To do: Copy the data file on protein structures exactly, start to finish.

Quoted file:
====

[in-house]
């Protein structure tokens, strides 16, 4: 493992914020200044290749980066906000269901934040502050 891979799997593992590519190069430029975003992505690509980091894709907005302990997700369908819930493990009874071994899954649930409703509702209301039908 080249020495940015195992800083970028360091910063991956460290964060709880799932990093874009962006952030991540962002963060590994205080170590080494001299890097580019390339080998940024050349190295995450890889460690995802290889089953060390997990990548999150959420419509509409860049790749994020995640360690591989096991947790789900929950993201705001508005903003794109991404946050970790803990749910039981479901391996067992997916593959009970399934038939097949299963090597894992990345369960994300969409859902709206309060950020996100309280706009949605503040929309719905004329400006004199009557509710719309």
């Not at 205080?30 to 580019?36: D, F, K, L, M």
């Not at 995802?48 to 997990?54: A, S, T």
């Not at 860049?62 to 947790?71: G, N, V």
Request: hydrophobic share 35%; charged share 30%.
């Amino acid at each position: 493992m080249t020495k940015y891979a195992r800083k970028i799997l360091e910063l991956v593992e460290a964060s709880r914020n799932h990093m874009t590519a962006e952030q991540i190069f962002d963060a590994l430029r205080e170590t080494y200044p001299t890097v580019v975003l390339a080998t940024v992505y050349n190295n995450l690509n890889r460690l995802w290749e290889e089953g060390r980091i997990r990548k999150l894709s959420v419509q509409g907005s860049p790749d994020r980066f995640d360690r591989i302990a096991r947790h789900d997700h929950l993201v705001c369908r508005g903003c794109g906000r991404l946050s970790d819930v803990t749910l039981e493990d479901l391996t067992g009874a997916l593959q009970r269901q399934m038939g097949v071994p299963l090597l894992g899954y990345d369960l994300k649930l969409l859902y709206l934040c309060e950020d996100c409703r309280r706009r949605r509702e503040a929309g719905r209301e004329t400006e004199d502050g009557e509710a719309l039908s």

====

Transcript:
[in-house]
């Protein structure tokens, strides 16, 4: 493992914020200044290749980066906000269901934040502050 891979799997593992590519190069430029975003992505690509980091894709907005302990997700369908819930493990009874071994899954649930409703509702209301039908 080249020495940015195992800083970028360091910063991956460290964060709880799932990093874009962006952030991540962002963060590994205080170590080494001299890097580019390339080998940024050349190295995450890889460690995802290889089953060390997990990548999150959420419509509409860049790749994020995640360690591989096991947790789900929950993201705001508005903003794109991404946050970790803990749910039981479901391996067992997916593959009970399934038939097949299963090597894992990345369960994300969409859902709206309060950020996100309280706009949605503040929309719905004329400006004199009557509710719309």
């Not at 205080?30 to 580019?36: D, F, K, L, M």
């Not at 995802?48 to 997990?54: A, S, T």
């Not at 860049?62 to 947790?71: G, N, V």
Request: hydrophobic share 35%; charged share 30%.
């Amino acid at each position: 493992m080249t020495k940015y891979a195992r800083k970028i799997l360091e910063l991956v593992e460290a964060s709880r914020n799932h990093m874009t590519a962006e952030q991540i190069f962002d963060a590994l430029r205080e170590t080494y200044p001299t890097v580019v975003l390339a080998t940024v992505y050349n190295n995450l690509n890889r460690l995802w290749e290889e089953g060390r980091i997990r990548k999150l894709s959420v419509q509409g907005s860049p790749d994020r980066f995640d360690r591989i302990a096991r947790h789900d997700h929950l993201v705001c369908r508005g903003c794109g906000r991404l946050s970790d819930v803990t749910l039981e493990d479901l391996t067992g009874a997916l593959q009970r269901q399934m038939g097949v071994p299963l090597l894992g899954y990345d369960l994300k649930l969409l859902y709206l934040c309060e950020d996100c409703r309280r706009r949605r509702e503040a929309g719905r209301e004329t400006e004199d502050g009557e509710a719309l039908s």